Jesus is counter-cultural….and we should be too

Our world today teaches us to be spiteful, negative and many times just downright hateful. That’s why being a follower of Christ is so counter-cultural.

Jesus teaches us to be loving and accepting of all people. That can oftentimes be the hardest thing to do, particularly when those people are not being kind to us in return.

I’ve been going through the gospel of Luke lately, and it’s always interesting to me how different passages that you’ve read before seem to connect with you in ways they previously never had when you read them again.

One passage of particular interest to me of late has been Luke 6:27-38 where Jesus is speaking to a large crowd who had come to hear him speak and to be healed. During that teaching, Jesus spelled out to us how to love our enemies and how that makes us more like God.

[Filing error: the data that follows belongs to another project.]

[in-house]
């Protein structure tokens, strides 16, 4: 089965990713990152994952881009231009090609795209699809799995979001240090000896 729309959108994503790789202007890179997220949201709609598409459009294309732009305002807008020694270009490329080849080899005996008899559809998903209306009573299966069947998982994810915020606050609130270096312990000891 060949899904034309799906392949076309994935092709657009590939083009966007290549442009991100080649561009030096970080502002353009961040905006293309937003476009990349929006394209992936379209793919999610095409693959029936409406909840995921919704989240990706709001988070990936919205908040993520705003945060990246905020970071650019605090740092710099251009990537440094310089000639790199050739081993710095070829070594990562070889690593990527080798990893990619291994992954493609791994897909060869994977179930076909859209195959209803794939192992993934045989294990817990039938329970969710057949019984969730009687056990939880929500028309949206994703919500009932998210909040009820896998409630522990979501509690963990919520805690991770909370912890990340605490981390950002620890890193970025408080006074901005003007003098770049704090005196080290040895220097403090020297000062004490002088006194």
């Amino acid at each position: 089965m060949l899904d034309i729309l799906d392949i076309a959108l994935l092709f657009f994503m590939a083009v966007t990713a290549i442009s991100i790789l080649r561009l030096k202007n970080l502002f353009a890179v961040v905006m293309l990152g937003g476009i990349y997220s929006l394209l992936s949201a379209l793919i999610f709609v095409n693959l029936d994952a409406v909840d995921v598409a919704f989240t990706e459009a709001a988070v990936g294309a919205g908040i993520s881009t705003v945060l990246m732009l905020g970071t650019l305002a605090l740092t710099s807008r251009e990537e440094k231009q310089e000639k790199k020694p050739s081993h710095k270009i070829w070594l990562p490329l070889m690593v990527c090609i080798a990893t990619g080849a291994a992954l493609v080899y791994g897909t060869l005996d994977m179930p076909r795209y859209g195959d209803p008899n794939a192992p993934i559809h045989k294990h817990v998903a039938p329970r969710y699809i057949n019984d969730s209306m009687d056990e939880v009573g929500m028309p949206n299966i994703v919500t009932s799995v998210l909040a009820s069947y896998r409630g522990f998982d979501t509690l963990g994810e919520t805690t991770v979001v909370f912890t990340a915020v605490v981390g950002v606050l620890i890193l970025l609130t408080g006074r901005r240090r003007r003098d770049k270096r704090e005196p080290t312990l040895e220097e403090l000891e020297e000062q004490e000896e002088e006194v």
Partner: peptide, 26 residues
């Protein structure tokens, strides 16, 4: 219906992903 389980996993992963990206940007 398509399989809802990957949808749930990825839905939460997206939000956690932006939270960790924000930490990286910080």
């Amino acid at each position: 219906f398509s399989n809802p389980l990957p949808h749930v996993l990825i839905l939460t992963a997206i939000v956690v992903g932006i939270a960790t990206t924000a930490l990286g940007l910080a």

“But I say to you who listen: love your enemies, do good to those who hate you, bless those who curse you, pray for those who mistreat you. If anyone hits you on the cheek, offer the other also. And if anyone takes away your coat, don’t hold back your shirt either. Give to everyone who asks from you, and from one who takes away your things, don’t ask for them back. Just as you want others to do for you, do the same for them. If you love those who love you, what credit is that to you? Even sinners love those who love them. If you do what is good to those who are good to you, what credit is that to you? Even sinners do that. And if you lend to those from whom you expect to receive, what credit is that to you? Even sinners lend to sinners to be repaid in full. But love your enemies, do what is good, and lend, expecting nothing in return. Then your reward will be great, and you will be sons of the Most High. For He is gracious to the ungrateful and evil. Be merciful, just as your Father is also merciful. Do not judge, and you will not be judged. Do not condemn, and you will not be condemned. Forgive, and you will be forgiven. Give, and it will be given to you; a good measure—pressed down, shaken together, and running over—will be poured into your lap. For with the measure you use, it will be measured back to you.”